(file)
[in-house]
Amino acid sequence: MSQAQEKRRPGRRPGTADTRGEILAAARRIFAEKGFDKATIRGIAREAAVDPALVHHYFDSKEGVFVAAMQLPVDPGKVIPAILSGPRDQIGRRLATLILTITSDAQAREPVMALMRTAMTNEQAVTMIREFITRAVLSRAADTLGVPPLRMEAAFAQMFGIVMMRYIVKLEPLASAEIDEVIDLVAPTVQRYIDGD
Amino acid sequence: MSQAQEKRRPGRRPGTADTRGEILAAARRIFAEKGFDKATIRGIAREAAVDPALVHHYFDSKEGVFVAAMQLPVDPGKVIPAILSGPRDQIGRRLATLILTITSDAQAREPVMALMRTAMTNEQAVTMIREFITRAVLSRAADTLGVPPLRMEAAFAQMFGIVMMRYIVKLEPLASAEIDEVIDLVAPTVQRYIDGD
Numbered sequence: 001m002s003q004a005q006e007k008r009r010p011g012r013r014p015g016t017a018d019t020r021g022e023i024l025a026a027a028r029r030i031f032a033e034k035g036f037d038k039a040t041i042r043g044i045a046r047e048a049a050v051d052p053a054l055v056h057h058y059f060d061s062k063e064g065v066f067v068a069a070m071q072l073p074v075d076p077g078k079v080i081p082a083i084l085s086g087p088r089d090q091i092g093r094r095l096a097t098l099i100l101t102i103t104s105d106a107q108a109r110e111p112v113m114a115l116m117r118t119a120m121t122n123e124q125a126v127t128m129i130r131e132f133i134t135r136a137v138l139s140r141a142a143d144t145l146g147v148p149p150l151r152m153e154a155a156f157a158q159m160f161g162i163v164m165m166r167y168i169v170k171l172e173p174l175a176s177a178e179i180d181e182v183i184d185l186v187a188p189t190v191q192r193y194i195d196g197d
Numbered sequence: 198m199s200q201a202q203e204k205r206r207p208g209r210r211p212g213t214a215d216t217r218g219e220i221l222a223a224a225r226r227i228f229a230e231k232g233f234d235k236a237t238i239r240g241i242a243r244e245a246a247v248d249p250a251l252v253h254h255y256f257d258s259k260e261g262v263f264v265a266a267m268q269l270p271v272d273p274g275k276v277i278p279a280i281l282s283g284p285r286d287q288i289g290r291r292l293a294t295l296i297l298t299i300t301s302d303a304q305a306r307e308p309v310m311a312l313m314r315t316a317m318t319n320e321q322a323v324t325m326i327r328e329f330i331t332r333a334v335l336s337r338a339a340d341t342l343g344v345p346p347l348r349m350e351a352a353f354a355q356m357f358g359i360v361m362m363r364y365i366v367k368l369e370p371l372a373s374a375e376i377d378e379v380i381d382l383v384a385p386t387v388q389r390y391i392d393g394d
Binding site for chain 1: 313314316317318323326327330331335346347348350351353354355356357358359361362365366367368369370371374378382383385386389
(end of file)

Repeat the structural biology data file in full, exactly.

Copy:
[in-house]
Amino acid sequence: MSQAQEKRRPGRRPGTADTRGEILAAARRIFAEKGFDKATIRGIAREAAVDPALVHHYFDSKEGVFVAAMQLPVDPGKVIPAILSGPRDQIGRRLATLILTITSDAQAREPVMALMRTAMTNEQAVTMIREFITRAVLSRAADTLGVPPLRMEAAFAQMFGIVMMRYIVKLEPLASAEIDEVIDLVAPTVQRYIDGD
Amino acid sequence: MSQAQEKRRPGRRPGTADTRGEILAAARRIFAEKGFDKATIRGIAREAAVDPALVHHYFDSKEGVFVAAMQLPVDPGKVIPAILSGPRDQIGRRLATLILTITSDAQAREPVMALMRTAMTNEQAVTMIREFITRAVLSRAADTLGVPPLRMEAAFAQMFGIVMMRYIVKLEPLASAEIDEVIDLVAPTVQRYIDGD
Numbered sequence: 001m002s003q004a005q006e007k008r009r010p011g012r013r014p015g016t017a018d019t020r021g022e023i024l025a026a027a028r029r030i031f032a033e034k035g036f037d038k039a040t041i042r043g044i045a046r047e048a049a050v051d052p053a054l055v056h057h058y059f060d061s062k063e064g065v066f067v068a069a070m071q072l073p074v075d076p077g078k079v080i081p082a083i084l085s086g087p088r089d090q091i092g093r094r095l096a097t098l099i100l101t102i103t104s105d106a107q108a109r110e111p112v113m114a115l116m117r118t119a120m121t122n123e124q125a126v127t128m129i130r131e132f133i134t135r136a137v138l139s140r141a142a143d144t145l146g147v148p149p150l151r152m153e154a155a156f157a158q159m160f161g162i163v164m165m166r167y168i169v170k171l172e173p174l175a176s177a178e179i180d181e182v183i184d185l186v187a188p189t190v191q192r193y194i195d196g197d
Numbered sequence: 198m199s200q201a202q203e204k205r206r207p208g209r210r211p212g213t214a215d216t217r218g219e220i221l222a223a224a225r226r227i228f229a230e231k232g233f234d235k236a237t238i239r240g241i242a243r244e245a246a247v248d249p250a251l252v253h254h255y256f257d258s259k260e261g262v263f264v265a266a267m268q269l270p271v272d273p274g275k276v277i278p279a280i281l282s283g284p285r286d287q288i289g290r291r292l293a294t295l296i297l298t299i300t301s302d303a304q305a306r307e308p309v310m311a312l313m314r315t316a317m318t319n320e321q322a323v324t325m326i327r328e329f330i331t332r333a334v335l336s337r338a339a340d341t342l343g344v345p346p347l348r349m350e351a352a353f354a355q356m357f358g359i360v361m362m363r364y365i366v367k368l369e370p371l372a373s374a375e376i377d378e379v380i381d382l383v384a385p386t387v388q389r390y391i392d393g394d
Binding site for chain 1: 313314316317318323326327330331335346347348350351353354355356357358359361362365366367368369370371374378382383385386389